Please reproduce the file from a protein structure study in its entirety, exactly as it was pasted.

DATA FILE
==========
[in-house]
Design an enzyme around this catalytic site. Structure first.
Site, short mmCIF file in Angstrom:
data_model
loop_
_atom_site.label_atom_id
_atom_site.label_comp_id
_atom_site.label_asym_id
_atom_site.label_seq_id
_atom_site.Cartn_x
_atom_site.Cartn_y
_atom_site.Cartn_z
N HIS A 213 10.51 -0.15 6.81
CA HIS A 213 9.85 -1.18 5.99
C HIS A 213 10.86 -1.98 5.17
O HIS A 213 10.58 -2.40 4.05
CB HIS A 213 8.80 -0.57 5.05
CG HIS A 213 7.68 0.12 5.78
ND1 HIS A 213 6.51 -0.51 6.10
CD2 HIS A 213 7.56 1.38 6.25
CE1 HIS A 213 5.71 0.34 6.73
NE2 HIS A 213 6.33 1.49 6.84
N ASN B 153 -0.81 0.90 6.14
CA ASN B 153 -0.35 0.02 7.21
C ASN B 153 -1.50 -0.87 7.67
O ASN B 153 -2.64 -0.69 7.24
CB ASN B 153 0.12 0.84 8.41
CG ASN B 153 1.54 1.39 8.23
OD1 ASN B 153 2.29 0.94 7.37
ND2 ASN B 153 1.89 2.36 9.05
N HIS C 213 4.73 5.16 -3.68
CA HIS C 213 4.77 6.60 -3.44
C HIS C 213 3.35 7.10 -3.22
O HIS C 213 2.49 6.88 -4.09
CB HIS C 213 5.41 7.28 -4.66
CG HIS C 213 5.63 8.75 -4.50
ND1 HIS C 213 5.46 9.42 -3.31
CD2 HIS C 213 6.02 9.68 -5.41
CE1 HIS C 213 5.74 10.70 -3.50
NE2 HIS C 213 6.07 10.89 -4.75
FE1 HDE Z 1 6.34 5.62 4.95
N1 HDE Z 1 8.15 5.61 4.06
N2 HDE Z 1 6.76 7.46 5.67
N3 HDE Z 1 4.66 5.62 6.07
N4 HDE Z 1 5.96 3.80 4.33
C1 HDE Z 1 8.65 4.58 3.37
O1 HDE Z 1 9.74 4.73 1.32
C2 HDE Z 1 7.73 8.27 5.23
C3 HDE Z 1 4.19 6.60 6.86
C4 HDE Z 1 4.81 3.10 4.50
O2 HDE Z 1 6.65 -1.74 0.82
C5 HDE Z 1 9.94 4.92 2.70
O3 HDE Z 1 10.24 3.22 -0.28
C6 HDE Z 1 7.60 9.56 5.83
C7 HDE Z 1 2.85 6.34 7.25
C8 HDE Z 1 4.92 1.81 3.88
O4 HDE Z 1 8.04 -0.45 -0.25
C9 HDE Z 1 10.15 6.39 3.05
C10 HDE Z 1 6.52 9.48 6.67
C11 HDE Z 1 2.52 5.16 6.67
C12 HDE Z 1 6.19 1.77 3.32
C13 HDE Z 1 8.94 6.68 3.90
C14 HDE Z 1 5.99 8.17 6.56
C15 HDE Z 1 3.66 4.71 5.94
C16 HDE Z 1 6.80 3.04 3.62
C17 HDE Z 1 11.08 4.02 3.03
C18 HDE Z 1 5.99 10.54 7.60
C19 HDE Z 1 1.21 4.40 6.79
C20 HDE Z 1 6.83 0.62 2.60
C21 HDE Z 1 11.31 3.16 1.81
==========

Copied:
[in-house]
Design an enzyme around this catalytic site. Structure first.
Site, short mmCIF file in Angstrom:
data_model
loop_
_atom_site.label_atom_id
_atom_site.label_comp_id
_atom_site.label_asym_id
_atom_site.label_seq_id
_atom_site.Cartn_x
_atom_site.Cartn_y
_atom_site.Cartn_z
N HIS A 213 10.51 -0.15 6.81
CA HIS A 213 9.85 -1.18 5.99
C HIS A 213 10.86 -1.98 5.17
O HIS A 213 10.58 -2.40 4.05
CB HIS A 213 8.80 -0.57 5.05
CG HIS A 213 7.68 0.12 5.78
ND1 HIS A 213 6.51 -0.51 6.10
CD2 HIS A 213 7.56 1.38 6.25
CE1 HIS A 213 5.71 0.34 6.73
NE2 HIS A 213 6.33 1.49 6.84
N ASN B 153 -0.81 0.90 6.14
CA ASN B 153 -0.35 0.02 7.21
C ASN B 153 -1.50 -0.87 7.67
O ASN B 153 -2.64 -0.69 7.24
CB ASN B 153 0.12 0.84 8.41
CG ASN B 153 1.54 1.39 8.23
OD1 ASN B 153 2.29 0.94 7.37
ND2 ASN B 153 1.89 2.36 9.05
N HIS C 213 4.73 5.16 -3.68
CA HIS C 213 4.77 6.60 -3.44
C HIS C 213 3.35 7.10 -3.22
O HIS C 213 2.49 6.88 -4.09
CB HIS C 213 5.41 7.28 -4.66
CG HIS C 213 5.63 8.75 -4.50
ND1 HIS C 213 5.46 9.42 -3.31
CD2 HIS C 213 6.02 9.68 -5.41
CE1 HIS C 213 5.74 10.70 -3.50
NE2 HIS C 213 6.07 10.89 -4.75
FE1 HDE Z 1 6.34 5.62 4.95
N1 HDE Z 1 8.15 5.61 4.06
N2 HDE Z 1 6.76 7.46 5.67
N3 HDE Z 1 4.66 5.62 6.07
N4 HDE Z 1 5.96 3.80 4.33
C1 HDE Z 1 8.65 4.58 3.37
O1 HDE Z 1 9.74 4.73 1.32
C2 HDE Z 1 7.73 8.27 5.23
C3 HDE Z 1 4.19 6.60 6.86
C4 HDE Z 1 4.81 3.10 4.50
O2 HDE Z 1 6.65 -1.74 0.82
C5 HDE Z 1 9.94 4.92 2.70
O3 HDE Z 1 10.24 3.22 -0.28
C6 HDE Z 1 7.60 9.56 5.83
C7 HDE Z 1 2.85 6.34 7.25
C8 HDE Z 1 4.92 1.81 3.88
O4 HDE Z 1 8.04 -0.45 -0.25
C9 HDE Z 1 10.15 6.39 3.05
C10 HDE Z 1 6.52 9.48 6.67
C11 HDE Z 1 2.52 5.16 6.67
C12 HDE Z 1 6.19 1.77 3.32
C13 HDE Z 1 8.94 6.68 3.90
C14 HDE Z 1 5.99 8.17 6.56
C15 HDE Z 1 3.66 4.71 5.94
C16 HDE Z 1 6.80 3.04 3.62
C17 HDE Z 1 11.08 4.02 3.03
C18 HDE Z 1 5.99 10.54 7.60
C19 HDE Z 1 1.21 4.40 6.79
C20 HDE Z 1 6.83 0.62 2.60
C21 HDE Z 1 11.31 3.16 1.81